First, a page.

I wouldn’t mind more live-action musicals like this one hitting theaters at a more consistent rate, so get on it Hollywood!
Set in the New York City area of Washington Heights, In The Heights is a movie all about community and family. Exploring what both mean as a whole, why the idea of each are immensely important to the people in the area, and what it takes for the residents of Washington Heights to reach for their dreams and beyond, this story is a simple one that mostly takes place in the lead up to a city-wide blackout during a heat wave that’s hot enough to fry an egg on the sidewalk in seconds. Following a local bodega owner, Usnavi (Anthony Ramos), who’s personal aspirations transcend the little area he grew up in as he attempts to make more for himself and for those around him, Usnavi is flanked by friends, family, and a love interest, Vanessa (Melissa Barrera), who also has her own goals in mind outside of the heights. Faced with a life changing decision that he isn’t even sure he wants anymore, Usnavi is pulled into a fantastically directed and produced musical about the power of community and family and what it means for those that might want to take a step off the beaten path to find a destiny that is wholly their own.
Directed by the stellar John M. Chu of Crazy Rich Asians fame (go watch that one now if you haven’t already), In The Heights is a competent and enjoyable musical in more ways than one. With show stopping numbers directed in some truly inventive ways, to smaller songs that fit within the context of the script’s character work, to toe-tapping beats and melodies that will have you humming along throughout, this film is a prime example of how to not only make a Broadway show adaptation right, but how to simply make a great musical overall.
Populated by actors of mostly diverse backgrounds (more on the “mostly” part later), this film is a snapshot of an area that lives and dies by the community it has fostered over the years. Focused more so on the Spanish speaking residents of the area, the script does a great job instilling the feeling of family and friendship in ways that also draw attention to what it means to be a minority and immigrant in a country that isn’t always welcoming to people such as this.
Couple that with some character work that’s surprisingly doled out to more than just the handful of main characters, and you have a movie that might run a tad too long for my tastes, but one that successfully gets what the filmmakers are trying to accomplish across in the most entertaining way possible. Swinging from big choreographed dances to smaller more intimate moments, In The Heights hits heights that I didn’t expect, even if some of the lows can’t be ignored.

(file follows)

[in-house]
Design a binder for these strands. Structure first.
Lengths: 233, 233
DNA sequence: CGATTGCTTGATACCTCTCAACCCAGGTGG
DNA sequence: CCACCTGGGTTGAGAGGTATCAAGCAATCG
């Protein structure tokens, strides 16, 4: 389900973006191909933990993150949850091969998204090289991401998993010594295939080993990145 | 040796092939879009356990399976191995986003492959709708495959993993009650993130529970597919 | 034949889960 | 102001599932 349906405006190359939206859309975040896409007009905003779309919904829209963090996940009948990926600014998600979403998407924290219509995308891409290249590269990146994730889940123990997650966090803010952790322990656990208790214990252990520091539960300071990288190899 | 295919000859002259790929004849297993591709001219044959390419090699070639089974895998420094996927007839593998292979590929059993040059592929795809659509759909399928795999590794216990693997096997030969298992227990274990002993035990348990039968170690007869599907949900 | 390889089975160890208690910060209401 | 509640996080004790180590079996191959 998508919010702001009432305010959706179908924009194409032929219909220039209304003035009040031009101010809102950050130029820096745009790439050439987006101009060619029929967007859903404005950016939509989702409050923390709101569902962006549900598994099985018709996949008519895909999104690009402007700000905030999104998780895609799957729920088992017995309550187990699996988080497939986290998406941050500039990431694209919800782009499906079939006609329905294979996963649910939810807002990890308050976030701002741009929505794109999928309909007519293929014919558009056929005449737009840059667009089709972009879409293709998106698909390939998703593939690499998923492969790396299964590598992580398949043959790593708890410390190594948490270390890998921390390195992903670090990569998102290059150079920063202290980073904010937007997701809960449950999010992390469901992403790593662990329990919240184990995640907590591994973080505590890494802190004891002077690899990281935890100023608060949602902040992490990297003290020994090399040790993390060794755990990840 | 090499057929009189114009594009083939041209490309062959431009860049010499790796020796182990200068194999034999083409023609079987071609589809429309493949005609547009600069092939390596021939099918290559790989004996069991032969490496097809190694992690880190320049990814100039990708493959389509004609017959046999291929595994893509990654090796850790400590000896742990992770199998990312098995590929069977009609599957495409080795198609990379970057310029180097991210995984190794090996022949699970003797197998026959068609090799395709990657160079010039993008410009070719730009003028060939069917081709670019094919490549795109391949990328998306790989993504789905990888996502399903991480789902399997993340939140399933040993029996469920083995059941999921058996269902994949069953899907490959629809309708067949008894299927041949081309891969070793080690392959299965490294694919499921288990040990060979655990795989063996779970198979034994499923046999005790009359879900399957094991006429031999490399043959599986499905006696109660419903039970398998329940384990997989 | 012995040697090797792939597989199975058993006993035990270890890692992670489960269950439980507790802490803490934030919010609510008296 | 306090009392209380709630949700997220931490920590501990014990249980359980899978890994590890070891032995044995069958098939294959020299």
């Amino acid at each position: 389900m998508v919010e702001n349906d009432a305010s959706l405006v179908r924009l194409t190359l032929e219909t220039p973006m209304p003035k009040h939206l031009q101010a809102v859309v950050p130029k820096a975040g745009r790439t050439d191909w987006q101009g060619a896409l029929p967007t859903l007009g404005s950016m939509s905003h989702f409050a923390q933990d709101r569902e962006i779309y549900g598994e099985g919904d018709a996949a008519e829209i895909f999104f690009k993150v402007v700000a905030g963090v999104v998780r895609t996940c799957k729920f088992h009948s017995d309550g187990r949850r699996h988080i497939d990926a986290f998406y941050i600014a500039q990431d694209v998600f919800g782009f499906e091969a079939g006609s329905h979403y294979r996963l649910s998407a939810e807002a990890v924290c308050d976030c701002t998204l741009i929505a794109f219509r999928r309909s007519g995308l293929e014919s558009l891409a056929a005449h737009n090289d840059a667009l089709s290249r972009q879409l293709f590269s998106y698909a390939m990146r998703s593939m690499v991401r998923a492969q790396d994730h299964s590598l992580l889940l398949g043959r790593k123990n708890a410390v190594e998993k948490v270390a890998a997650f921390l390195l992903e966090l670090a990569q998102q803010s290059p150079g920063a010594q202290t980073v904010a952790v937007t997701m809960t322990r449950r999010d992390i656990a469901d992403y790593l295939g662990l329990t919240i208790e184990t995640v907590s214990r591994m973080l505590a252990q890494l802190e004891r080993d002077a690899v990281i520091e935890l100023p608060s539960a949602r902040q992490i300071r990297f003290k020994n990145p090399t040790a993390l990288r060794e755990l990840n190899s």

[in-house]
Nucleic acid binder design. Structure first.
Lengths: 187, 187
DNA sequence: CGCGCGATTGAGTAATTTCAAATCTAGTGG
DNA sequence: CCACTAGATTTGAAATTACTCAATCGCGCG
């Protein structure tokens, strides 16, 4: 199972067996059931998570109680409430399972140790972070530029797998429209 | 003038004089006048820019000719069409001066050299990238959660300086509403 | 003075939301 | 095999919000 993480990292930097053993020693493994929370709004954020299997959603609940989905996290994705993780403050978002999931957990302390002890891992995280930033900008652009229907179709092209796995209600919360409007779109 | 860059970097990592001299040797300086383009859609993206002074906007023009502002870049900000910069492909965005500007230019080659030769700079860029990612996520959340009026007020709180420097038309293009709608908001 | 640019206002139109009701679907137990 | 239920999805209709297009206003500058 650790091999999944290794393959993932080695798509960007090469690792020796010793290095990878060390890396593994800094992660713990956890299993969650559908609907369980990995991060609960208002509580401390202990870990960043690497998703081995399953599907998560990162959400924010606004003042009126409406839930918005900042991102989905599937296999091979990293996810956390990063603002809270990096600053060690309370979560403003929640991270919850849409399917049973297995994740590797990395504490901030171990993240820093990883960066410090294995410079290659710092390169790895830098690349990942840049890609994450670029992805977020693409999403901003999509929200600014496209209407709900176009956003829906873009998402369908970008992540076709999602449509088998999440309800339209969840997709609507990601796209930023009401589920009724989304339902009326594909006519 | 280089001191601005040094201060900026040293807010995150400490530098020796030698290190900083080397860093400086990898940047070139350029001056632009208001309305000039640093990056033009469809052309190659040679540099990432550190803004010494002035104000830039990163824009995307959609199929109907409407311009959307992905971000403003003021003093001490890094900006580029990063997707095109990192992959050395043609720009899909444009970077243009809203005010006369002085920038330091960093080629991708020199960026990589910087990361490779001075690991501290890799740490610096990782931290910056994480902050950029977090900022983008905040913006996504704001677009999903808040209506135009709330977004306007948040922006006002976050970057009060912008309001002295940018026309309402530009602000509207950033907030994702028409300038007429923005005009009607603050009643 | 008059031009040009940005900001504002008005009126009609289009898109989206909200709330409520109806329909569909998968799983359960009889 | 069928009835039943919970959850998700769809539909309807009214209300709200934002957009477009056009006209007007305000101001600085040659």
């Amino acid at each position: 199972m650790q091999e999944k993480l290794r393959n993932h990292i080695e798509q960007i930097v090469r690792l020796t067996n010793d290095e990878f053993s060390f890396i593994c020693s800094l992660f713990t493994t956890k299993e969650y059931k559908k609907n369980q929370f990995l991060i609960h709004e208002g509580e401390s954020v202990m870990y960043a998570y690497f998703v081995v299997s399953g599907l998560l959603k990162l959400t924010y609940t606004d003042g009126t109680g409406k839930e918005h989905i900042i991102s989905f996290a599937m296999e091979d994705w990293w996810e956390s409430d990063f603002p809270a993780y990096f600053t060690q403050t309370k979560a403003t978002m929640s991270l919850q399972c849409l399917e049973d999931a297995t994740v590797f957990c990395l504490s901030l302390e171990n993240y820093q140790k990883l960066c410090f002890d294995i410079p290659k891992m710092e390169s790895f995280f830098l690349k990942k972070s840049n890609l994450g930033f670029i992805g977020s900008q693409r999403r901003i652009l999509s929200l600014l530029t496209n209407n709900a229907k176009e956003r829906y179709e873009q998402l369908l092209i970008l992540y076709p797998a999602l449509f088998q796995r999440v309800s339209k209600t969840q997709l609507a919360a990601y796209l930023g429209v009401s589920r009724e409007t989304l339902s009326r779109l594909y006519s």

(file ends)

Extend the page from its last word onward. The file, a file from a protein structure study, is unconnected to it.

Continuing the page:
Speaking of, I’d be remiss not to mention the colorism present in this film, a fact that has not only dogged this movie from the start, but is an entirely valid criticism of the filmmakers all around. Now don’t get me wrong, Lin-Manuel Miranda has come out and apologized for the lack of darker skinned characters and proper representation of the Afro-Latinx community (which make up a decent portion of the population where this movie takes place), but it can’t be denied that this oversight stings more than a little, especially for a movie that’s all about celebrating the diversity of Washington Heights to begin with. I won’t say that I have intimate knowledge of the Washington Heights area as I’ve only personally been once or twice (and not for long), but I do have friends and acquaintances that should have seen themselves represented onscreen and instead get maybe one or two background dancers with the filmmakers calling it a day way sooner than necessary. If anything, this kind of thing hurts the film in ways that stop it from being an even better watch than it already is, and let’s be honest here, if a pale white dude like me noticed the lack of inclusion while watching, then it’s probably a bigger issue than they’re making it out to be.
So as it stands, In The Heights is actually a damn good musical, and despite it running way too long for its own good, the fact that the colorism present — whether done on purpose or out of some kind of accidental ignorance — is even something we have to talk about in this day and age, is a fact that needs to be addressed outright in movies like this and within the greater business of Hollywood in general. Including more people that quite literally live and thrive in the area should have been a no brainer, and while I appreciate the effort all around, the filmmakers most definitely shoot themselves in the foot more often than not, but are luckily able to skate by on the strength of everything else surrounding their few missteps. Good thing Lin-Manuel Miranda and John M. Chu know how to craft a show stopping song and a dance number, or else this one would have been in a much worse place overall.